Player sells his car to achieve BlitzBok dream
SPOTLIGHT: At the start of the year, as Ricardo Duarttee walked back to his car after a meeting Philip Snyman – then still the Stellenbosch Academy of Sport Sevens Academy coach – his mind was racing.
Duarttee had just applied – and was accepted – to restart his rugby career, but there were severe financial implications to this decision. Enrolment was one thing, finding the finances to complete the programme was another. Then he unlocked his car and the solution for his problem jumped at him.
“I was walking back to my car and thinking, how on earth will I get the money needed to first pay the deposit and then the remainder of the fees to enrol,” the 24-year-old scrumhalf and newly-selected Springbok Sevens sweeper recalled.
“I was desperate to get back into rugby, especially Sevens, and really wanted to give it another shot. Then, as I got into my car, it struck me. I could sell my car and that way, pay what I needed to.”
The rest as they say, is history. Duarttee enrolled at the beginning of the season and now, 10 months later, finds himself in Dubai, where the BlitzBoks arrived on Monday to contest the second leg of the World Rugby Sevens Series this weekend.
“It is such a great feeling. It really feels like a dream come true. That decision, to invest in myself and not my car, proved to be one of the best I have ever made,” Duarttee said.
Originally, it was plain sailing in rugby for Duarttee, a school boy star for Stellenberg High School, where he played, amongst others, with Angelo Davids, himself a BlitzBok of note.
Duarttee was amongst the best scrumhalves in his age group and was contracted out of school by the Lions in 2017, where he played for their Under-19 provincial team and for the University of Johannesburg in the Varsity Cup Sevens. He returned to Cape Town the next year and joined Durbell Rugby Club, from where he was picked for the Western Province Under-21 team.
“I was a fringe player at best though and decided to move to Boland in order to play senior provincial rugby. That went well, but in 2020 COVID struck,” he said.
Duarttee never imagined a life without rugby and when his fledgling career stalled, he started to spend a lot of time in the gym and was introduced to mixed martial arts (MMA) in order to keep in shape. That triggered the competitive edge in Duarttee, a feisty competitor in any sport.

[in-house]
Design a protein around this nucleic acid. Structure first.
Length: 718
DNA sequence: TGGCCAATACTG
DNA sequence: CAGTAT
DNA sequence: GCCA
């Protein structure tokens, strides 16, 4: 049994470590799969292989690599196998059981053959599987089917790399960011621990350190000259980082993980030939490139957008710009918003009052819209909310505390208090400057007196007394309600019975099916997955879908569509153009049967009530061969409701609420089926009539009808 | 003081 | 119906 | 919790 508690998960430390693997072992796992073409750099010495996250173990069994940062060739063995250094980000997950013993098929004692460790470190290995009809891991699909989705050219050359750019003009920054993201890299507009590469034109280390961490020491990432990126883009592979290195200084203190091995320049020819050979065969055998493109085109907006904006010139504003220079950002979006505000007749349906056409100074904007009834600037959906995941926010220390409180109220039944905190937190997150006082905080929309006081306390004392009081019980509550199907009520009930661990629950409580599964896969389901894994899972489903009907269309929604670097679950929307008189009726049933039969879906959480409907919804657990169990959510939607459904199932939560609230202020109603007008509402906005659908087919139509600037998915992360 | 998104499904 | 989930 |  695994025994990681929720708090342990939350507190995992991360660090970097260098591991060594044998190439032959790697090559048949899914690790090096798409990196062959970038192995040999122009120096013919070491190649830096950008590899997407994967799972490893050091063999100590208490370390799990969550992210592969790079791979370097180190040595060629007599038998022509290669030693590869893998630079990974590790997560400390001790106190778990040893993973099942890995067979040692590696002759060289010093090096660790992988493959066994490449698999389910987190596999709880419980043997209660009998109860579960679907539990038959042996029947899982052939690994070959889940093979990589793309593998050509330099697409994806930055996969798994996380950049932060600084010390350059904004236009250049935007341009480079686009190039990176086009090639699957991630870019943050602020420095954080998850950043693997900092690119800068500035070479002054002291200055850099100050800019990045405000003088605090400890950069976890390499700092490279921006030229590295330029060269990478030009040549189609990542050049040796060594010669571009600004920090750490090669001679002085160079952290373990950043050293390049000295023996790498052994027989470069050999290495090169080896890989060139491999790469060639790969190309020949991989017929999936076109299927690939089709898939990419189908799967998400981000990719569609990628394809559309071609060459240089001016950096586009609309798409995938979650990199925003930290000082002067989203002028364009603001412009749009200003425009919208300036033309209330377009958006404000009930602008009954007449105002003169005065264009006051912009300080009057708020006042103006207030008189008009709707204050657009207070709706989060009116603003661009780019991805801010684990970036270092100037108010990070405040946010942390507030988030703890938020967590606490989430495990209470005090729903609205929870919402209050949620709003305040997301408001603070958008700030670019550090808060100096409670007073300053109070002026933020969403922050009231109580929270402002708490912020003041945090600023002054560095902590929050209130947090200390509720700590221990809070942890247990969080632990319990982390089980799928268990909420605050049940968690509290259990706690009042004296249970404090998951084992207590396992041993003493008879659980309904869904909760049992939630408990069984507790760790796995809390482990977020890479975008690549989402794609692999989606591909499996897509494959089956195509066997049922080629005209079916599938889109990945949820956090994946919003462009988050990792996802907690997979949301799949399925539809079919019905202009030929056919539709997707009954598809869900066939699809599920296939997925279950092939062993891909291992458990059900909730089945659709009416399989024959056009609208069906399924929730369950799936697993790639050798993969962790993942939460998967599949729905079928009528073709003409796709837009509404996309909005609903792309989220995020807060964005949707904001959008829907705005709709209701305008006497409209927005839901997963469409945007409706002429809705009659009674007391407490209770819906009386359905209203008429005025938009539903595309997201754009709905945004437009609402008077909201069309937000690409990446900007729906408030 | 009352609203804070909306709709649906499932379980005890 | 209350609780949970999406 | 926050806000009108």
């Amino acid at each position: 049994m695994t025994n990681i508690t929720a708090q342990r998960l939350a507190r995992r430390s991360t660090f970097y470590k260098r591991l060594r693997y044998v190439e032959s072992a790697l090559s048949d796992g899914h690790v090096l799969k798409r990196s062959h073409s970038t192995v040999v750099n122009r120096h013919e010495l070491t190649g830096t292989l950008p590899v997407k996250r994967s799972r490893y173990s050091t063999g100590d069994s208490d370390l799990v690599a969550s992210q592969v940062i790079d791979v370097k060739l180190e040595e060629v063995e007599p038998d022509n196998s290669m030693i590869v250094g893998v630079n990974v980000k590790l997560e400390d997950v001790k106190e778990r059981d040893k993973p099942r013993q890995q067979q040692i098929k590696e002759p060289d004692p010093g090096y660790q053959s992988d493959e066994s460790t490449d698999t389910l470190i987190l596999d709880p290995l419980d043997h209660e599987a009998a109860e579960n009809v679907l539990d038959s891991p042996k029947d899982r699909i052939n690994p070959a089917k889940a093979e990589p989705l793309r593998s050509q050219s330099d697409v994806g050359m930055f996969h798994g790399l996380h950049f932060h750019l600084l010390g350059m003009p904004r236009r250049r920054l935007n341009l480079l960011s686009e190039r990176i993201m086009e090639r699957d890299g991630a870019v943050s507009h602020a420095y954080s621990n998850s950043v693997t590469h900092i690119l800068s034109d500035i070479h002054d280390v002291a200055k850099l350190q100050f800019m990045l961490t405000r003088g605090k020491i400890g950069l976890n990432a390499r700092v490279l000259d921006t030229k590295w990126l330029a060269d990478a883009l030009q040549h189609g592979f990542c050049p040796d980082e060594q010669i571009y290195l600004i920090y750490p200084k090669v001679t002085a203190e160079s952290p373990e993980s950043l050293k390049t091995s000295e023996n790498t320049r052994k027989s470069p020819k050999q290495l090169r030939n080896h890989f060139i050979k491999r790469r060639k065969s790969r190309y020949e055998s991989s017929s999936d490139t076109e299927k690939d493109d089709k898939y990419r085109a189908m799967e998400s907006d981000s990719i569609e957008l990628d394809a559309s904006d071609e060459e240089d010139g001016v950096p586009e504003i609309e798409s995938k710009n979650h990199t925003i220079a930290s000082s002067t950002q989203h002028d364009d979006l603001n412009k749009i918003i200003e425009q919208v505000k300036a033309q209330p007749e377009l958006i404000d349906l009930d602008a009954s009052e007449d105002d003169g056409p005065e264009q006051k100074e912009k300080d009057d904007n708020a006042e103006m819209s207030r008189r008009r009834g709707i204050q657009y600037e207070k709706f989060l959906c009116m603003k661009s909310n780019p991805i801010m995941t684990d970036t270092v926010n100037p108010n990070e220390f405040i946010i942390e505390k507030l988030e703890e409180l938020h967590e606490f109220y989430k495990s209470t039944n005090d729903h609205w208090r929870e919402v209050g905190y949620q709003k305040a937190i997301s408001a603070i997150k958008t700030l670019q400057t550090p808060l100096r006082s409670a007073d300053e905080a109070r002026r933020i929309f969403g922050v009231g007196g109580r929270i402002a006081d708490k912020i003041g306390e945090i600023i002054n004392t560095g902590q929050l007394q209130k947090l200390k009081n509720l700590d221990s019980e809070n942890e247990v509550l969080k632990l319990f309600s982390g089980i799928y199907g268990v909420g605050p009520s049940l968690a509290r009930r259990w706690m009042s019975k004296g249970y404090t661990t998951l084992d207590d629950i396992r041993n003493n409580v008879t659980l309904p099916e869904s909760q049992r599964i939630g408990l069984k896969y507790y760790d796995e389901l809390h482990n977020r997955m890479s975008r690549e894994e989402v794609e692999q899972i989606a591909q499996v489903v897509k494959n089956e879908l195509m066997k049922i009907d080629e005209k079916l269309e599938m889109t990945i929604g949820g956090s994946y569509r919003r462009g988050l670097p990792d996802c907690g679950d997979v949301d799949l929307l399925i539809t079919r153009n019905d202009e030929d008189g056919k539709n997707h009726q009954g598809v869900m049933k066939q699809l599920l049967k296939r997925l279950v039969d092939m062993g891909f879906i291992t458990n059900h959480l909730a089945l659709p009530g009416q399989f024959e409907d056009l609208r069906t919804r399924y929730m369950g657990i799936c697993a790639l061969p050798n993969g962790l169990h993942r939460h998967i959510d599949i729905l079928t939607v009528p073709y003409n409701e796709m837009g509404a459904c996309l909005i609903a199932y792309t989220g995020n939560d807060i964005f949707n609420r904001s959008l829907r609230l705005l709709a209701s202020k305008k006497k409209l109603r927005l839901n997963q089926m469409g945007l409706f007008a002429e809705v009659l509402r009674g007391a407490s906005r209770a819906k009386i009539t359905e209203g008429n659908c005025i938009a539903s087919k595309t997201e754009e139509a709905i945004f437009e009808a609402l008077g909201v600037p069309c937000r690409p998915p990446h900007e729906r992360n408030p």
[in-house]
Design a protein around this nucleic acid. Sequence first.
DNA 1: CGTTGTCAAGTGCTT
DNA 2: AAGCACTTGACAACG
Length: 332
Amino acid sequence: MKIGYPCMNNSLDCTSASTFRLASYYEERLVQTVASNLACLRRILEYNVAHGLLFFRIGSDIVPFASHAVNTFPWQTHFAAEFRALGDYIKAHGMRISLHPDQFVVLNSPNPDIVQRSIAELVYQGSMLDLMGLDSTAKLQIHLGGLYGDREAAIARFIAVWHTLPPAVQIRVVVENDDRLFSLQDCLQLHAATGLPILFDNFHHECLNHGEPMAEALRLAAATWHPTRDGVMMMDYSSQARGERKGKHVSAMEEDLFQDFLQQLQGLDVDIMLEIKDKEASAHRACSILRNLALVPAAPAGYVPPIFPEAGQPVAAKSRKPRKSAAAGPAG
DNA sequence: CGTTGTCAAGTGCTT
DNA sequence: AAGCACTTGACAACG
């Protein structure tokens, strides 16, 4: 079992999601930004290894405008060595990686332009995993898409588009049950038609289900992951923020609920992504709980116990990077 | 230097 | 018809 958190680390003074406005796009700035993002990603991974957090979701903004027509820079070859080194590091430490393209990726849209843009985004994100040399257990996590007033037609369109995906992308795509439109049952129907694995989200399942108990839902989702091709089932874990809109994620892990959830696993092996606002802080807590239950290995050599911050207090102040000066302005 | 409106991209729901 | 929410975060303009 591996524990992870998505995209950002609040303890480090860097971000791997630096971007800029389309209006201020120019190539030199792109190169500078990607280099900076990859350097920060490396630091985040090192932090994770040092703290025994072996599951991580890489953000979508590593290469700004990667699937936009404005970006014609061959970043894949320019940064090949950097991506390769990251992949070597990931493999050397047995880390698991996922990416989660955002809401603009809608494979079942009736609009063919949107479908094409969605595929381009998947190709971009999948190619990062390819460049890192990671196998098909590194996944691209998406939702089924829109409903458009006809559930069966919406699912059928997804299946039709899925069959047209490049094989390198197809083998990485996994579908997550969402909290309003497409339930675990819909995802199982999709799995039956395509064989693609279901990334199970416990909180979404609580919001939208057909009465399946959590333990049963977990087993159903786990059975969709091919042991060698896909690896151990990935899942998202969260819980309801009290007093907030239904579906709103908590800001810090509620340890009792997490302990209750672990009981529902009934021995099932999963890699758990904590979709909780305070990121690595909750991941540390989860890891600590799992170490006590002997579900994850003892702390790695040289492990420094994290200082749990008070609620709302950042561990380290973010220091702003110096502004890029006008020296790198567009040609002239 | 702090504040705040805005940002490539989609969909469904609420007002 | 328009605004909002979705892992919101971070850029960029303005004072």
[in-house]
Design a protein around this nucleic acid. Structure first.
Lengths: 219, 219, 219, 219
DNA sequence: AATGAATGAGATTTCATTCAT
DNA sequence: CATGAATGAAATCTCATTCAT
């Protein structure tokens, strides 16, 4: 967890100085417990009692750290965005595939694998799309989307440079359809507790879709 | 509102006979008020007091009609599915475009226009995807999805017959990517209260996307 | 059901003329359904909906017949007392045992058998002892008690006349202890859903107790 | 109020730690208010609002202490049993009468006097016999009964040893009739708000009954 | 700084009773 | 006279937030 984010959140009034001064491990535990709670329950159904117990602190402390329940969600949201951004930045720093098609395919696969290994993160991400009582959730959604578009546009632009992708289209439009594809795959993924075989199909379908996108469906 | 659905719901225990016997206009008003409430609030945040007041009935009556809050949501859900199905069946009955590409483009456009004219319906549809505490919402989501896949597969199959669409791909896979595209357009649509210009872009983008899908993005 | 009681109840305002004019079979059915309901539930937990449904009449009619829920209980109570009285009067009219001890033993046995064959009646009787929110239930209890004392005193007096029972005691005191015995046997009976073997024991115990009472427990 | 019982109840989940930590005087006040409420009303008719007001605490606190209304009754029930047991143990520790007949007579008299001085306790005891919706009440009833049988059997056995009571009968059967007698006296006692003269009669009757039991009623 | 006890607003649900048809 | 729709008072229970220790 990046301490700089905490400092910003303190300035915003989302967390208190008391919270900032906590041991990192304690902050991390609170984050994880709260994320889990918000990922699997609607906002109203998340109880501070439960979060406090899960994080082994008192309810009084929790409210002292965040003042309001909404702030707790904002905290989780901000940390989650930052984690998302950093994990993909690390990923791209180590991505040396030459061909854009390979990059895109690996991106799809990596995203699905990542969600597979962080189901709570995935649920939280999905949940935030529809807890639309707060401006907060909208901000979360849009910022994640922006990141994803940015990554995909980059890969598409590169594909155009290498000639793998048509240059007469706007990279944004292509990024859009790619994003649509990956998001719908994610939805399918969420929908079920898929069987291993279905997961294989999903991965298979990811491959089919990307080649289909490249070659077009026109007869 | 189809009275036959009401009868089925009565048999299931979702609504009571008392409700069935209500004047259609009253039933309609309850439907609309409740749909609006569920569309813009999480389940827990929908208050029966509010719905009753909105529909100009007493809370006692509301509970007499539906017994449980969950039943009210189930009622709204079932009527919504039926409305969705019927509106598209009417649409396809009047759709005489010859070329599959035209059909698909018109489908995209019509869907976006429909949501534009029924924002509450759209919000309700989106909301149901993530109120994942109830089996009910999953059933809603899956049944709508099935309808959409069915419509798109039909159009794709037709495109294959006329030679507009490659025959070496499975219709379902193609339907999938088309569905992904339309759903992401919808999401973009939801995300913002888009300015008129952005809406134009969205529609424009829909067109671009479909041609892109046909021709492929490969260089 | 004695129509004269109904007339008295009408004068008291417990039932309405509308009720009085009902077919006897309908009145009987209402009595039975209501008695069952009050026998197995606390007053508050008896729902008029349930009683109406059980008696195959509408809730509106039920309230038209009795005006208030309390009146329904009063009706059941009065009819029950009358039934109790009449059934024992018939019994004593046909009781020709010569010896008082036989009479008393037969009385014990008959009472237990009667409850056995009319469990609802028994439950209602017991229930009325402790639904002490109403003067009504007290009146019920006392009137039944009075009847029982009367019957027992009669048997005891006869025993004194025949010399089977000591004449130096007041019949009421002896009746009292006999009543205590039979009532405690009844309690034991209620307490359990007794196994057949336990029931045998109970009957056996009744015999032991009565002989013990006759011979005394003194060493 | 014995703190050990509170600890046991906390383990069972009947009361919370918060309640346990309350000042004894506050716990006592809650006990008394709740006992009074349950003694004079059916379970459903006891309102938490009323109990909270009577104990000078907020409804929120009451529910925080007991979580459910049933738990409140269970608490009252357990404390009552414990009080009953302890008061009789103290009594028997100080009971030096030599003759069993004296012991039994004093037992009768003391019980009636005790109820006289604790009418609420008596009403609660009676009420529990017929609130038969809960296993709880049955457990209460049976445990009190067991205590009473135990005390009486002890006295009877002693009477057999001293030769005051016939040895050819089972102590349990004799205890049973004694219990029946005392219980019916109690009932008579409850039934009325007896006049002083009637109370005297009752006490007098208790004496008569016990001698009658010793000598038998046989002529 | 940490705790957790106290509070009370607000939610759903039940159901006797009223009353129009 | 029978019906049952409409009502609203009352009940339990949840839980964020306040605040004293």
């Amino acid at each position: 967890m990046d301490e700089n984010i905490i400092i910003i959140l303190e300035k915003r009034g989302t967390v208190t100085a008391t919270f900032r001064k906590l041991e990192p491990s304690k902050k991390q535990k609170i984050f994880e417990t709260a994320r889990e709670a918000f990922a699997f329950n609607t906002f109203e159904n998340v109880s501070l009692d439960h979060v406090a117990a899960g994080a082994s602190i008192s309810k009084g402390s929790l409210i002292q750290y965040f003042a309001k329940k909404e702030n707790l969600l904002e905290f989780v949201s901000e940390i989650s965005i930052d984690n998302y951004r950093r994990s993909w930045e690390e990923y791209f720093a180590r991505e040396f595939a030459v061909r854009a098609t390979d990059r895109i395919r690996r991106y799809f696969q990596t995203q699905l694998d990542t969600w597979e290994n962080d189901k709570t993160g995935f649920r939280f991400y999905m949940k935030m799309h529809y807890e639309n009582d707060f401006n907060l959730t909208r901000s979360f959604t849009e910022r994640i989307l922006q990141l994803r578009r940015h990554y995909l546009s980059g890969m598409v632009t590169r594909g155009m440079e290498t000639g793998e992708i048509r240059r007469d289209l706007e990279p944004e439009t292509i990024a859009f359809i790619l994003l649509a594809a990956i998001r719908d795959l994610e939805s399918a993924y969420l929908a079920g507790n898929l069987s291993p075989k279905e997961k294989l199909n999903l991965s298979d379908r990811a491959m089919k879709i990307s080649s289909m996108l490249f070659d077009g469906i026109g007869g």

“I was waiting for my first fight and trained hard to be ready for when the call came,” said Duarttee.
“In that time, I bumped into my former Sevens coach, Patrick Ross-Allan, and told him that I will probably quit rugby in order to do MMA. He then asked me to reconsider and forwarded me the link to apply to the SAS Academy.
“The love for rugby was still there and sitting in the car, realising that I can’t give up and to give it one more go, made me even more determined to give it one final try.”
And ‘tries’ he did. Snyman was impressed and suggested his promotion to the SA Sevens ‘A’ team to Sandile Ngcobo, now the BlitzBok coach who was then still heading up the ‘A’ squad programme.
A few months later, Ngcobo and Snyman were appointed to take over the coaching of the BlitzBoks, and it was not long before Duarttee was training full-time with the national squad. And last week, with regular sweepers Selvyn Davids and Ronald Brown ruled out due to injury, Duarttee was roped in for Dubai.
“I was hoping to be included, but to be honest, only believed it when the coaches told me so,” he said with a broad smile.
“And I have not stopped smiling since. When I do get the opportunity to run onto the field in Dubai, the smile will still be there. This means so, so much.”